Michaela O'Driscoll

About Michaela O'Driscoll

Hi, my name is Michaela O'Driscoll. I am in the middle of my first year at Rollins College. I have lived in Orlando my whole life with my parents and two sisters. I graduated from the Geneva School in 2012 where I spent 5 years. My interests include sports, music, writing, and serving anyway I can. I hope this blog is informative and serves as an eye-opener for all who stumble upon it.

Accountability

Tonight was our last meeting as a group. We ate dinner and discussed with Jenny our time at the Coalition. Afterward, we all shared our Act of Commitment with the others. Earlier, I painted a picture symbolizing what was needed to escape homelessness based on Alan’s acronym H.I.T.: Housing, Income, Transportation. The painting explores the interconnectedness of these resources, and how to have one you must have another, which makes attaining all of them together even more difficult. I have already hung it up on my wall so it can be a daily reminder of my Act of Commitment, which is to talk to at least one person a week about the issue of homelessness while trying to dispel the stigma that surrounds it.

Tonight was very important for the effectiveness of our Acts of Commitment because it provides the “accountability” piece. This word instantly reminds me of my faith because it is tossed around a lot in church communities. When a person makes a commitment to do something, a huge part of whether the commitment will be carried out in the long run is by having people around who know the commitment and can encourage the person to act toward the goal on a daily basis. Having all these friends around who can make sure I follow through is reassuring and gives me confidence as I try to be faithful to my commitment.

This week has been incredible. I am so blessed to have had the opportunity to be on this trip and learn so much more about this social injustice of homelessness. Thank you to all those who have worked to make this happen. I hope and pray that all of us will remember what we have learned and continue to work towards being active citizens of the world.

A Heavy Heart

Today we drove back to Rollins, but there was still application to be done in our own community. So, after lunch we all drove to the Coalition for the Homeless downtown to take a tour and make jewelry with some of the people staying there. After we toured the facility, we set up all the supplies, and the women and children filed in. I worked with a number of people today. A man came in the room to scope out what was going on, and he liked what he saw. He approached me, and introduced himself as “G.” He went on to ask for a chain to put a key on. I, of course, obliged, cutting the chain and attaching the clips. When I asked for his key, he placed in my hands a small, antique piece of metal that he had been wearing around his neck using another worn out necklace. I was surprised at its size and look. He told me that his father had given him this key when he was a boy, and that he had worn it around his neck ever since. At that moment, I really saw him for the first time: a man yearning for respect and warmth, yearning for the closeness of a father. I yearn for the same things; the difference is that I am blessed enough to receive these things without even asking. I am thankful to this man for reminding me how blessed I am to be surrounded by people who love and respect me.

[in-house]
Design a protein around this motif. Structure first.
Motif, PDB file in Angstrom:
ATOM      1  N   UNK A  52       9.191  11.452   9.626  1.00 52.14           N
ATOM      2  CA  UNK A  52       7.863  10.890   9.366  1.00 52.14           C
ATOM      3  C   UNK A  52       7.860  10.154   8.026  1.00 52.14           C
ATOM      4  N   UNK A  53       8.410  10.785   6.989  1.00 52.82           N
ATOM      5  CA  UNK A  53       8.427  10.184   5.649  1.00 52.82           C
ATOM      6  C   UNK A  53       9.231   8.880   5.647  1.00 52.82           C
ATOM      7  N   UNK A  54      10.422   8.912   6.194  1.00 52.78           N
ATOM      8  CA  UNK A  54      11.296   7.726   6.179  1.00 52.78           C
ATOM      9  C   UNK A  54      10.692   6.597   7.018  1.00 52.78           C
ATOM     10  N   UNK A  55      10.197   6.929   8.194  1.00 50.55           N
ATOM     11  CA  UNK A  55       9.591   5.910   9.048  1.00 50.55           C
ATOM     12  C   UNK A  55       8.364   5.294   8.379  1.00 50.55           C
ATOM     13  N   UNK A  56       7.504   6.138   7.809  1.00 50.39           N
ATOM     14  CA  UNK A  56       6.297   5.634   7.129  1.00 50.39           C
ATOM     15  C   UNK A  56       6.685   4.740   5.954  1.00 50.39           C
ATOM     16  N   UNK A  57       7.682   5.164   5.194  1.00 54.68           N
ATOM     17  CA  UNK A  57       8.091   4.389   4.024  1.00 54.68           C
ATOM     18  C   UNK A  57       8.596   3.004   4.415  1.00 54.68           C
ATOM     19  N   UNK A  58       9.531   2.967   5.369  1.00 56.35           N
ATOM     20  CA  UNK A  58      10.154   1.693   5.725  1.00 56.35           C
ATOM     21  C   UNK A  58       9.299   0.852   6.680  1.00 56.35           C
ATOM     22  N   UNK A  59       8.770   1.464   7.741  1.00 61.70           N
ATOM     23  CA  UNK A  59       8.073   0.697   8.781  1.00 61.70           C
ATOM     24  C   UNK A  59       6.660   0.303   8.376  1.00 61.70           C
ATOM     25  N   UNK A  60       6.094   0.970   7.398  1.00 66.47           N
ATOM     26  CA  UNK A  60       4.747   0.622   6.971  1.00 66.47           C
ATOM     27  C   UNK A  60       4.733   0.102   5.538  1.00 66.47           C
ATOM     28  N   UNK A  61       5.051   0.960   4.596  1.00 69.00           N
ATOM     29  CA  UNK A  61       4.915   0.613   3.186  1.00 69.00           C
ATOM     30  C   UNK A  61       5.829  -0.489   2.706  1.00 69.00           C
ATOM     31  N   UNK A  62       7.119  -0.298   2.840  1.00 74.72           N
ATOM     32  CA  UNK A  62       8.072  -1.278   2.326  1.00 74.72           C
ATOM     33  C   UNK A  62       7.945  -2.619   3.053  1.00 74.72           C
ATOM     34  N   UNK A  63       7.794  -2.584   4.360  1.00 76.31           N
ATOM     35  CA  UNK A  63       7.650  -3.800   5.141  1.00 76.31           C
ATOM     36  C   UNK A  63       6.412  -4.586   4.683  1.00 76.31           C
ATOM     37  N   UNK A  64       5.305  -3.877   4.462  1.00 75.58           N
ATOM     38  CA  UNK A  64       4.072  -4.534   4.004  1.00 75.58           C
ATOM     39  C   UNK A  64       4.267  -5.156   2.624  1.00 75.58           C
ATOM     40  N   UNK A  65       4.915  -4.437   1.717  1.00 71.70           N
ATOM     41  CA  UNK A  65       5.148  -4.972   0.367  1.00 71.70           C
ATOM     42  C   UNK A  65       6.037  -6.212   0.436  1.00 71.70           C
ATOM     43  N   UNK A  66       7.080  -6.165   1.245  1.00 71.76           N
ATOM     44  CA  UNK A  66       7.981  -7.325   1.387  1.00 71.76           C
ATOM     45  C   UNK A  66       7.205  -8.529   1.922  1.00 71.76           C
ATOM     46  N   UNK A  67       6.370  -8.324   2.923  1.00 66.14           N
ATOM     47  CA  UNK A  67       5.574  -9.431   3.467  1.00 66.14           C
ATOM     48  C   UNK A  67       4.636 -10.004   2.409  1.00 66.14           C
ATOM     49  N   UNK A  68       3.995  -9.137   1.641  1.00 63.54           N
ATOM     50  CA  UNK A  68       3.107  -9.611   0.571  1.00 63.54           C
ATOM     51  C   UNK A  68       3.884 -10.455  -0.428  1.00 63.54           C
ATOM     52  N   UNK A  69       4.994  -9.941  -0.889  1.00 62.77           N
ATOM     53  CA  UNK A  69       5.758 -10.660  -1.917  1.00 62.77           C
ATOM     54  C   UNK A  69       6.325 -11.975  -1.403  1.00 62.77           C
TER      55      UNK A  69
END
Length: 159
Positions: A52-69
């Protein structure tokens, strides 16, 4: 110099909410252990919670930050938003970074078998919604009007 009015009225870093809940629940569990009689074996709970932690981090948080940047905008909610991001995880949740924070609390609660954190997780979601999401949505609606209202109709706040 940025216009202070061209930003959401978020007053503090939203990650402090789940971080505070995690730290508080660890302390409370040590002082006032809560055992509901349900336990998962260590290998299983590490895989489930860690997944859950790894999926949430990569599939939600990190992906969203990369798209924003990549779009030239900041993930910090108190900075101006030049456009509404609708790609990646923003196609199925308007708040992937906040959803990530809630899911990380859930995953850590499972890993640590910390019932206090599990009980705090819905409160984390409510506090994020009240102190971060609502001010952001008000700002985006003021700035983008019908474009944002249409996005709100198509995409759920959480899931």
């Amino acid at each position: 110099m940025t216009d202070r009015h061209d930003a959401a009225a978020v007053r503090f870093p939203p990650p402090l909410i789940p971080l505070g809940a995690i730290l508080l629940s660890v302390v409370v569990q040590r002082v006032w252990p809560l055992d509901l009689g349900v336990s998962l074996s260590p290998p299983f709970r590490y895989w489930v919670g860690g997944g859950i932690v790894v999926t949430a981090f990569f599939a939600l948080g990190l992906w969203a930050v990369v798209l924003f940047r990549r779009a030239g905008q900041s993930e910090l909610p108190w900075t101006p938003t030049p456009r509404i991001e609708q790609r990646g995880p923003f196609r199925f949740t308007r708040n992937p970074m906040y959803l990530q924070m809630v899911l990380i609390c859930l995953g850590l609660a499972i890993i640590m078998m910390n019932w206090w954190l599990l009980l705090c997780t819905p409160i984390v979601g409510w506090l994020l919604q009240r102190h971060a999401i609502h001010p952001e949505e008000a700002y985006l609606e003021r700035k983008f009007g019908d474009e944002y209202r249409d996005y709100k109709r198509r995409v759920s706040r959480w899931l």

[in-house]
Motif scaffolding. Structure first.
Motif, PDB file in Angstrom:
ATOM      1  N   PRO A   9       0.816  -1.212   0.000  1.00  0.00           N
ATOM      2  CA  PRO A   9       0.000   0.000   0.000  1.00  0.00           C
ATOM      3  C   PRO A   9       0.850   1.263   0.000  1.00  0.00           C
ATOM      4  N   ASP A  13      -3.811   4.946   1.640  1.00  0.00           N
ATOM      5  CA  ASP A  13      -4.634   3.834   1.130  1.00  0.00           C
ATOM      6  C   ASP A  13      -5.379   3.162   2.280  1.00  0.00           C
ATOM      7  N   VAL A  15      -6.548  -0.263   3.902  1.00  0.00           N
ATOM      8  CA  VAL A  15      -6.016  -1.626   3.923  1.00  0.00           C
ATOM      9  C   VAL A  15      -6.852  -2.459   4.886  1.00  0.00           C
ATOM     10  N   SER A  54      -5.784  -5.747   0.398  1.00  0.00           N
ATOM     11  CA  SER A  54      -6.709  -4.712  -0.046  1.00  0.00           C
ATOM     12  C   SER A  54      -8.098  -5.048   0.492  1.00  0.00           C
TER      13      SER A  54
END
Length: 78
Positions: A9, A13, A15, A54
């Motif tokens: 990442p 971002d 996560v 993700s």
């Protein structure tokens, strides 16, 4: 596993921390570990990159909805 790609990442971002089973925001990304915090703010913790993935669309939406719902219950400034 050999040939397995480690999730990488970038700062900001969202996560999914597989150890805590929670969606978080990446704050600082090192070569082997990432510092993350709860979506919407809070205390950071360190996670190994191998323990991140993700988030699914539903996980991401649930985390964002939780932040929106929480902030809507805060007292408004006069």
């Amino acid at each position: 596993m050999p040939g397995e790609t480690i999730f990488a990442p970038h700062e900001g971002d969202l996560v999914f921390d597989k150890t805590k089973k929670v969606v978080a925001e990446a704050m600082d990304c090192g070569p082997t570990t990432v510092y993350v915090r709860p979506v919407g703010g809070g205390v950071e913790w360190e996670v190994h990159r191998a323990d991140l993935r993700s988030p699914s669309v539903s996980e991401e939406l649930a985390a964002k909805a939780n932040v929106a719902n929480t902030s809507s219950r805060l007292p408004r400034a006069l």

G left, but soon after a little boy named Marquan came strolling over to me. He held in his hands two yellow rubber duckies. I introduced myself to him, and his dimples showed as I pronounced his name wrong three times before I finally got it right. Marquan is four years old. He is not in public school, but attends the preschool provided by the Coalition. He laughed a lot as I talked to him about his likes and dislikes, and I asked him if he wanted to make a necklace. He immediately said yes and picked out a chain and some beads to put on it. As I put together his necklace, he watched my hands intently and listened to every word I spoke to him as if I were the most important person in the world. I finished his necklace, and we sat on the floor playing with the bath toys he had brought with him (probably the only ones he owns). Looking into his big brown eyes, I was struck by the fact that this beautiful young boy had no refridgerator to post his pictures on, no room of his own, and no place to call home.

I have worked with kids like Marquan for over 10 years, but I have found that, as I was bombarded with this sort of injustice week after week, I had developed a emotional defense toward it. My soul refused to see it after a while, and I forgot. I forgot how I felt the first time I witnessed a neglected and homeless child. Marquan and his siblings reminded me of the hurt that I have buried deep down for so long. Needless to say, I was in pain as I felt those feelings fresh once more like a reopened wound. My heart is heavy tonight as I type these words, heavy for Marquan and every child in a similar situation. Homelessness is horrendous and must be eradicated. It makes me angry and willing to do whatever it takes to fix the system. I can at least have intelligent and sophisticated discussions about the issue as it affects adults all across the United States. On the other hand, I almost cannot talk about the reality of homeless children living less than 2 miles from where I lay in my bed, in a warm house, surrounded by parents who have the time and energy to provide me with my every physical and emotional need.